STEM Book for Kids: Help Your Students Think Like a Scientist
WHAT MAKES A CANDLE BURN?
Solid wax is somehow changed into light and heat. But how?
Travel back in time to December 28, 1848 in London, England to one of the most famous juvenile science Christmas lectures at the Royal Institution. British scientist Michael Faraday (1791-1867) encouraged kids to carefully observe a candle and to try to figure out how it burned.
Since Faraday’s lecture, “The Chemical History of a Candle,” was published in 1861, it’s never been out of print; however, it’s never been published as a children’s picture book – till now. Faraday originally gave seven lectures on how a candle burns. Pattison has adapted the first 6000-word lecture to about 650 words for modern elementary students, especially for the STEM (Science, Technology, Engineering, and Math) curriculum. Known as one of the best science experimenters ever, Faraday’s passion was always to answer the basic questions of science: “What is the cause? Why does it occur?”
Science Book for Kids: Add to Cart NOW to start your students on the path to thinking like a scientist.
“Good, simple explanation of a complex chemical process. Great enrichment possibilities for teachers. I loved the illustrations, the science, and the British tone. Overall, thumbs up!”
Deb Thrall, President, New Mexico Science Teacher’s Association
“With this delightful book, Darcy Pattison brings one of Michael Faraday’s famous scientific lectures for children to a whole new generation of young learners. Peter Willis’ colorful artwork illustrates Faraday’s own explanations in a scientific, yet kid-friendly style. This book is a wonderful way to introduce children to this extraordinary scientist and to teach them about changes in matter with a familiar, yet remarkable, object – a candle.”
– Karen Ansberry and Emily Morgan, Authors of Picture-Perfect Science Lessons
“Burn: Michael Faraday’s Candle” is an exciting adaptation of Michael Faraday’s (1791-1867) original special Christmas lecture, “The Chemical History of a Candle.” Condensed from 6000 words to about 650 words for modern elementary education students, “Burn: Michael Faraday’s Candle” is enhanced by dashing, colorful, quirky illustrations bring to life the original author’s scientific lecture for juveniles, first delivered on December 28, 1848, at the Royal Institution in London, England. Mr. Faraday demonstrated several kinds of candles, including stearin, made of ox fat, a sperm candle made from the purified oil of the sperm whale, a bees-wax candle, and a paraffin candle, made from Irish peat bogs. Mr. Faraday taught everyone to observe experiments and ask, “What is the cause, why does it occur?” Mr. Faraday explains that capillary action explains who the flame in a candle gets hold of the fuel. Faraday continues to explain the oblong shape of the flame of the candle and the current of hot air draws out the flame, supplies it with air, and cools the sides of the cup of melted fuel. “Burn” is a brilliant reduction of a very famous British science lecturer that presents the information in a format appealing to children today.– Midwest Book Review, July, 2016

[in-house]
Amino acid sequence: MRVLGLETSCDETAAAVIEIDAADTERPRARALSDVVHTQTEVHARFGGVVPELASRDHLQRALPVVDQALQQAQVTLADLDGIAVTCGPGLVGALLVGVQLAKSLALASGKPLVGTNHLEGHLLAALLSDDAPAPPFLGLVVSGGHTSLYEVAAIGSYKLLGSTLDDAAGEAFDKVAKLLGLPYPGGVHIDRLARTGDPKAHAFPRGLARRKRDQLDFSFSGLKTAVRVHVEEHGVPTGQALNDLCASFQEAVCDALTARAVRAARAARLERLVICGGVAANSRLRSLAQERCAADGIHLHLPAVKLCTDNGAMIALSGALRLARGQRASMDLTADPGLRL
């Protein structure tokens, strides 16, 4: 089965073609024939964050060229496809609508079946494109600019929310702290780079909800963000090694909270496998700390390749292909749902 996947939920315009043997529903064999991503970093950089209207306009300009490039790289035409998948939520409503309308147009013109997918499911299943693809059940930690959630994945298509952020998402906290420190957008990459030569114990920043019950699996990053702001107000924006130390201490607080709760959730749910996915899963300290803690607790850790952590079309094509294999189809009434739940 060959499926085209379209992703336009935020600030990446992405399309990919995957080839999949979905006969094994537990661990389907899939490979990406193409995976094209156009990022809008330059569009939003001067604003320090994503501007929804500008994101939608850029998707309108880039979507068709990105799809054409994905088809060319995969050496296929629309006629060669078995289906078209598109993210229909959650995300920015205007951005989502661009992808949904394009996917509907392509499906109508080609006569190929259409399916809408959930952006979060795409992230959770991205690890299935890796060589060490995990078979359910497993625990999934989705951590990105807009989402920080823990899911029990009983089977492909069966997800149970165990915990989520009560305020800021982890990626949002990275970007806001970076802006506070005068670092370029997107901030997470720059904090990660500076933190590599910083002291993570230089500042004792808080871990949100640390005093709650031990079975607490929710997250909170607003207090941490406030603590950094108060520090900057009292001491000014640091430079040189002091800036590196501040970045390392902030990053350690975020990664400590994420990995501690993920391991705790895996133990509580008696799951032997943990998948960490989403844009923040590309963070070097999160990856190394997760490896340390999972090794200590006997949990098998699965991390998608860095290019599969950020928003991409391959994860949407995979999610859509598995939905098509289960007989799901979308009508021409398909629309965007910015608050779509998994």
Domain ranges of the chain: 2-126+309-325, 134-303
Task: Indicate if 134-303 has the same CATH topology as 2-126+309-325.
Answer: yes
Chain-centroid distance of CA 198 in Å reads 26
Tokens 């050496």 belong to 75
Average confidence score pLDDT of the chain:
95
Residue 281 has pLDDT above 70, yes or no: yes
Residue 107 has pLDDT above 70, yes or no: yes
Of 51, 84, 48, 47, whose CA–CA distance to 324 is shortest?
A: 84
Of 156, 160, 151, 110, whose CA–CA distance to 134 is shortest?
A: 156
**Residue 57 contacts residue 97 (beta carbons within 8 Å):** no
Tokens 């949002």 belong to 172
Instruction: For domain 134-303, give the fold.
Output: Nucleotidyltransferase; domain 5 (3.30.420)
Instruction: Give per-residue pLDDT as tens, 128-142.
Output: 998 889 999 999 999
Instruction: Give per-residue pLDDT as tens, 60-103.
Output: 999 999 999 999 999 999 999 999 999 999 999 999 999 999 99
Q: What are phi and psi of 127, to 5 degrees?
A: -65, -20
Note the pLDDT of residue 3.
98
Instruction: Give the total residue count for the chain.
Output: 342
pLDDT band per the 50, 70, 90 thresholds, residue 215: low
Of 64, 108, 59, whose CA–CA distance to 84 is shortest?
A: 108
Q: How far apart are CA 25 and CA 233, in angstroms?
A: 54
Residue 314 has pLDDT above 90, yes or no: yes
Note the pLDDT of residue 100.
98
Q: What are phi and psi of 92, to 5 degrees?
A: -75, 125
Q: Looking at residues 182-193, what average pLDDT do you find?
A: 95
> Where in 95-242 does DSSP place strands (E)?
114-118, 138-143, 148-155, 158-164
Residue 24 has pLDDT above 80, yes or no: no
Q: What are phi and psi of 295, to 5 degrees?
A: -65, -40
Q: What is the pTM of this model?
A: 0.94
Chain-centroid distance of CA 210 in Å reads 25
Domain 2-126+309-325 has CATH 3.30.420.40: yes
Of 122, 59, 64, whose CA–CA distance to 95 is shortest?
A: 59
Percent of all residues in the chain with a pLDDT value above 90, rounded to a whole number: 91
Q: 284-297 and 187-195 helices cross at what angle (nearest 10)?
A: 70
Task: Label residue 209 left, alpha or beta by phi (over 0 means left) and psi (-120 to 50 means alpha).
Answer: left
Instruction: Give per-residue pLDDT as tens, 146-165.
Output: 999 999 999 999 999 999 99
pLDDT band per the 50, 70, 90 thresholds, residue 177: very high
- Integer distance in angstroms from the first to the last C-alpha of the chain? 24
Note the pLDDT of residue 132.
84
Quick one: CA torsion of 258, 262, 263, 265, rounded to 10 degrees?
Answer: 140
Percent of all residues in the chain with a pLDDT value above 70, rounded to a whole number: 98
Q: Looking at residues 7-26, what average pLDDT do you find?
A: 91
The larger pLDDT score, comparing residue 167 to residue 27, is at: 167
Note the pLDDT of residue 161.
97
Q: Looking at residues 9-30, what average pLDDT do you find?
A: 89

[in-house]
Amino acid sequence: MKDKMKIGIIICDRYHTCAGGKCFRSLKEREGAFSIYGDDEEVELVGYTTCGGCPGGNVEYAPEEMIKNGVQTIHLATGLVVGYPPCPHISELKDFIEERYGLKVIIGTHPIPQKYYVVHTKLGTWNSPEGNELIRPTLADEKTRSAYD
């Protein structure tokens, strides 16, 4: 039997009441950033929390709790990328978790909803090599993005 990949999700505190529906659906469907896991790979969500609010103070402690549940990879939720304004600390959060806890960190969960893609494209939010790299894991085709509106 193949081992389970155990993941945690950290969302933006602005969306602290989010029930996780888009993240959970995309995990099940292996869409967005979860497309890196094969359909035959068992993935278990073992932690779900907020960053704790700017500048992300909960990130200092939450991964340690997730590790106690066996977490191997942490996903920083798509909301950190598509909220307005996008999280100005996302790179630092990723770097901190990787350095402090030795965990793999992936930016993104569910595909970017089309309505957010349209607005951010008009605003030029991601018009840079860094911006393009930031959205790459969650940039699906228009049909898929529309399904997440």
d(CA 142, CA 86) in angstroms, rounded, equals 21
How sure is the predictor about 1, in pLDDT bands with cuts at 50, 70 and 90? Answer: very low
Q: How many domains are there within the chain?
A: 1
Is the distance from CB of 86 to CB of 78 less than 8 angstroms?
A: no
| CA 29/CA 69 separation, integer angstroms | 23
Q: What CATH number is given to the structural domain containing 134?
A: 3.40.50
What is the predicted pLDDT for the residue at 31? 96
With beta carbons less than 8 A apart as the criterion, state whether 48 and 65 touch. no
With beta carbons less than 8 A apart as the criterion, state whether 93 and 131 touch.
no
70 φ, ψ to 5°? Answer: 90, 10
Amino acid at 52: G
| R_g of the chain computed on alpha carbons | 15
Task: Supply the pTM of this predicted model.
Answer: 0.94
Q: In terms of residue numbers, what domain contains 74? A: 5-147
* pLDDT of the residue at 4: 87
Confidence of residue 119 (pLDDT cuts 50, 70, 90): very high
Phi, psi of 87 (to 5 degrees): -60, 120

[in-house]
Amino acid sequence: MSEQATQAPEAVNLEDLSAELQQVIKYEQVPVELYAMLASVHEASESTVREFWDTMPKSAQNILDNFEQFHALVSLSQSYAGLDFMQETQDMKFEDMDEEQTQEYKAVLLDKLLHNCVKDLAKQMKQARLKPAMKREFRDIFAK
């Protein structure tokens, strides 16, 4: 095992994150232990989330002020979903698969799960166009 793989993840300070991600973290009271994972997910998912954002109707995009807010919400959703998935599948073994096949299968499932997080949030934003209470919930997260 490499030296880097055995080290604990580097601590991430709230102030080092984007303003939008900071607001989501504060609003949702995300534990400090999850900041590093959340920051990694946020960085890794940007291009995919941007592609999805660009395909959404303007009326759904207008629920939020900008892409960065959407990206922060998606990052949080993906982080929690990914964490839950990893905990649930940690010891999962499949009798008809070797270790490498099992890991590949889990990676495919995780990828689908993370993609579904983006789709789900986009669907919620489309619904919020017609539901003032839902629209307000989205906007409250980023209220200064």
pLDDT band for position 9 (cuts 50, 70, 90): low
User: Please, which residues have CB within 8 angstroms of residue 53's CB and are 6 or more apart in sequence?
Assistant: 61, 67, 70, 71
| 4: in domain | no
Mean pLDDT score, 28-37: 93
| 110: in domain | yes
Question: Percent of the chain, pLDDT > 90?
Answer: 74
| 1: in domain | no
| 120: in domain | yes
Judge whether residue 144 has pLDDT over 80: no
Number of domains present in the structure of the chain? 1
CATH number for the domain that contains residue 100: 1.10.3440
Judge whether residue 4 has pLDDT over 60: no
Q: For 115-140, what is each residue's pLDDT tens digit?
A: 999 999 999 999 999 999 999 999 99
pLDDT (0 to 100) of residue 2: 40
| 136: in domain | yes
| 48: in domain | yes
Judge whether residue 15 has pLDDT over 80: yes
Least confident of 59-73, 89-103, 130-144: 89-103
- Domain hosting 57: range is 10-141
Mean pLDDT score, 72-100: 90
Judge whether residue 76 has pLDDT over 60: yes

Interview with Darcy Pattison on LitPick.
AUTHOR: Darcy Pattison
Pattison is the author of Abayomi, the Brazilian Puma: The True Story of an Orphaned Cub, which was named a 2015 National Science Teacher’s Association Outstanding Science Trade Book. Desert Baths was named a 2013 NSTA Outstanding Science Trade Book. Her STEM books for kids inspire students and teachers. For more, see darcypattison.com/about.
ILLUSTRATOR: Peter Willis
With over 20 years’ experience in illustration and design, illustrator Peter Willis continues to be as enthusiastic and passionate about his work as ever. His illustrations have palpable character, bringing them to life through his craft and quirky approach. He lives in North East England with his wife and daughter. This STEM science book for kids is his debut picture book. Peter Willis brings humor to the story, but he also manages to convey accurate information about matter and its physical properties.